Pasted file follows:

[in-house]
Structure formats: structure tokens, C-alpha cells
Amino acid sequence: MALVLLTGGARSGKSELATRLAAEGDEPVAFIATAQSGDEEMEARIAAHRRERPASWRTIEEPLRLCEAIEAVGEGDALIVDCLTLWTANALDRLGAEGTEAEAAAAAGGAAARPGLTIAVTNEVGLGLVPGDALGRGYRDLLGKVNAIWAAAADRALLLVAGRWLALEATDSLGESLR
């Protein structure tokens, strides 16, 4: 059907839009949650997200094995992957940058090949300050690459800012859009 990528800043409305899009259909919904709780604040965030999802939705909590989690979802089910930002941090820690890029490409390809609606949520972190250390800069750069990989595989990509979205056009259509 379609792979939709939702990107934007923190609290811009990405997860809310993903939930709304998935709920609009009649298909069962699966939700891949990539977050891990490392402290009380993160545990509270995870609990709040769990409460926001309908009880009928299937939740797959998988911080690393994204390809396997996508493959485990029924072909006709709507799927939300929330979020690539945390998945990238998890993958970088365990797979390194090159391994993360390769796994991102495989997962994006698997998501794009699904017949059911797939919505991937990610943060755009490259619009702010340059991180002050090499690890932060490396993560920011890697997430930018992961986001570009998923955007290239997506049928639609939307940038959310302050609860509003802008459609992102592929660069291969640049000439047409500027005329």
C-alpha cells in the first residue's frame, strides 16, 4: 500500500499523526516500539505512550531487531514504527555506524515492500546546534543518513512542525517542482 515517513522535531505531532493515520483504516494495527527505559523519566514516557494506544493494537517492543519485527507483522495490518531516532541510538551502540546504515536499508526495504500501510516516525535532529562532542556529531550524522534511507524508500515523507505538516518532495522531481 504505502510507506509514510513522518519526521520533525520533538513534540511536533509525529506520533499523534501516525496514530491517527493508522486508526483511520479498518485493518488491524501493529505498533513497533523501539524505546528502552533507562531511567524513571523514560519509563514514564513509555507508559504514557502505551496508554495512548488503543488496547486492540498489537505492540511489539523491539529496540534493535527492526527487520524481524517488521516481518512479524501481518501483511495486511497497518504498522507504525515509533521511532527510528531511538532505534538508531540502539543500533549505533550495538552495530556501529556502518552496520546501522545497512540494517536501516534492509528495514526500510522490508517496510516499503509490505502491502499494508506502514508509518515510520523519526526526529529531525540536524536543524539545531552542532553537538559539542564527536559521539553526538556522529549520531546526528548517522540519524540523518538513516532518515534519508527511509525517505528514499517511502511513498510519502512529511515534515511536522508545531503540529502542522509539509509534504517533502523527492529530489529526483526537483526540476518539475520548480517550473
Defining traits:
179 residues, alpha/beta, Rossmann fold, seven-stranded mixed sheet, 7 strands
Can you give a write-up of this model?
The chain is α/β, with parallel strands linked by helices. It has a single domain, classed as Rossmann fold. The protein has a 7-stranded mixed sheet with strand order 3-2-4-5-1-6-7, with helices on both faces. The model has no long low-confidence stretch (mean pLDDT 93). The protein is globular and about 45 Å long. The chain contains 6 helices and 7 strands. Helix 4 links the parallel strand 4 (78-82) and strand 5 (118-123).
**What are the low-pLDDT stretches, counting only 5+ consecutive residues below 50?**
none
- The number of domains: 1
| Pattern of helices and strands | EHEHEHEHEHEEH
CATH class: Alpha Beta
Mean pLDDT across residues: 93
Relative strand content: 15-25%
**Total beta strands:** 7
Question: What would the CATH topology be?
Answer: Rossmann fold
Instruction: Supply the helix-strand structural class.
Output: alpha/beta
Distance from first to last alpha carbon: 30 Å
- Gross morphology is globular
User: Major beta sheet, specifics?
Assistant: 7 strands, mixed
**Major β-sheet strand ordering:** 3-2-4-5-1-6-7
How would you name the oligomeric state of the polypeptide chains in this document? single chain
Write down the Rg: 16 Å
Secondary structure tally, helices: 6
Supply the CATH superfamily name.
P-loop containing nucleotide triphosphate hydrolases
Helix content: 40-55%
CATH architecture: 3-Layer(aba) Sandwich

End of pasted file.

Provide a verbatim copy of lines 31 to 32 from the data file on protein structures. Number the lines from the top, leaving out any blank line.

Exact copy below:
P-loop containing nucleotide triphosphate hydrolases
Helix content: 40-55%